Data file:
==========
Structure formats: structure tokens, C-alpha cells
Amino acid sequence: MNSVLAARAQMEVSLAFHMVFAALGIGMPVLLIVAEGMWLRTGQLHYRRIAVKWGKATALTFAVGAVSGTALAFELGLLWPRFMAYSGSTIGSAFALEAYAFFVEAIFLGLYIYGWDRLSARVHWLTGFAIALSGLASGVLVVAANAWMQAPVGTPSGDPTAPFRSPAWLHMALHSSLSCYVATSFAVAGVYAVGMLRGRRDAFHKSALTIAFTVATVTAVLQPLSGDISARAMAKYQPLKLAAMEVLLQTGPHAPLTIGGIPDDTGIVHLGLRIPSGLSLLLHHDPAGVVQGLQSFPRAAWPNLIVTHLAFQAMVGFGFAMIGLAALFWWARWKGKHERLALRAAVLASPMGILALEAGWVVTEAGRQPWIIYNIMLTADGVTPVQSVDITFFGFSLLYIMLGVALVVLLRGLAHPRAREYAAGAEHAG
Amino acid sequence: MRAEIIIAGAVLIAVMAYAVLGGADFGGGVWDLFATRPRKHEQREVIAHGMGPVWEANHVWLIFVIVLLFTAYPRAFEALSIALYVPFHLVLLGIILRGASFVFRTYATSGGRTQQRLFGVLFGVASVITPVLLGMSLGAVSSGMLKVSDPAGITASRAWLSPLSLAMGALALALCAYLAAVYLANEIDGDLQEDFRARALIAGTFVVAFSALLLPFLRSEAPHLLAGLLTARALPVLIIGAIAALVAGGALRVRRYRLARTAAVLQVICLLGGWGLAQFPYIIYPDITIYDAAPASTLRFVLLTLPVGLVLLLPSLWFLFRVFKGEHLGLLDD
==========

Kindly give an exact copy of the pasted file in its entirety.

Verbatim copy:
Structure formats: structure tokens, C-alpha cells
Amino acid sequence: MNSVLAARAQMEVSLAFHMVFAALGIGMPVLLIVAEGMWLRTGQLHYRRIAVKWGKATALTFAVGAVSGTALAFELGLLWPRFMAYSGSTIGSAFALEAYAFFVEAIFLGLYIYGWDRLSARVHWLTGFAIALSGLASGVLVVAANAWMQAPVGTPSGDPTAPFRSPAWLHMALHSSLSCYVATSFAVAGVYAVGMLRGRRDAFHKSALTIAFTVATVTAVLQPLSGDISARAMAKYQPLKLAAMEVLLQTGPHAPLTIGGIPDDTGIVHLGLRIPSGLSLLLHHDPAGVVQGLQSFPRAAWPNLIVTHLAFQAMVGFGFAMIGLAALFWWARWKGKHERLALRAAVLASPMGILALEAGWVVTEAGRQPWIIYNIMLTADGVTPVQSVDITFFGFSLLYIMLGVALVVLLRGLAHPRAREYAAGAEHAG
Amino acid sequence: MRAEIIIAGAVLIAVMAYAVLGGADFGGGVWDLFATRPRKHEQREVIAHGMGPVWEANHVWLIFVIVLLFTAYPRAFEALSIALYVPFHLVLLGIILRGASFVFRTYATSGGRTQQRLFGVLFGVASVITPVLLGMSLGAVSSGMLKVSDPAGITASRAWLSPLSLAMGALALALCAYLAAVYLANEIDGDLQEDFRARALIAGTFVVAFSALLLPFLRSEAPHLLAGLLTARALPVLIIGAIAALVAGGALRVRRYRLARTAAVLQVICLLGGWGLAQFPYIIYPDITIYDAAPASTLRFVLLTLPVGLVLLLPSLWFLFRVFKGEHLGLLDD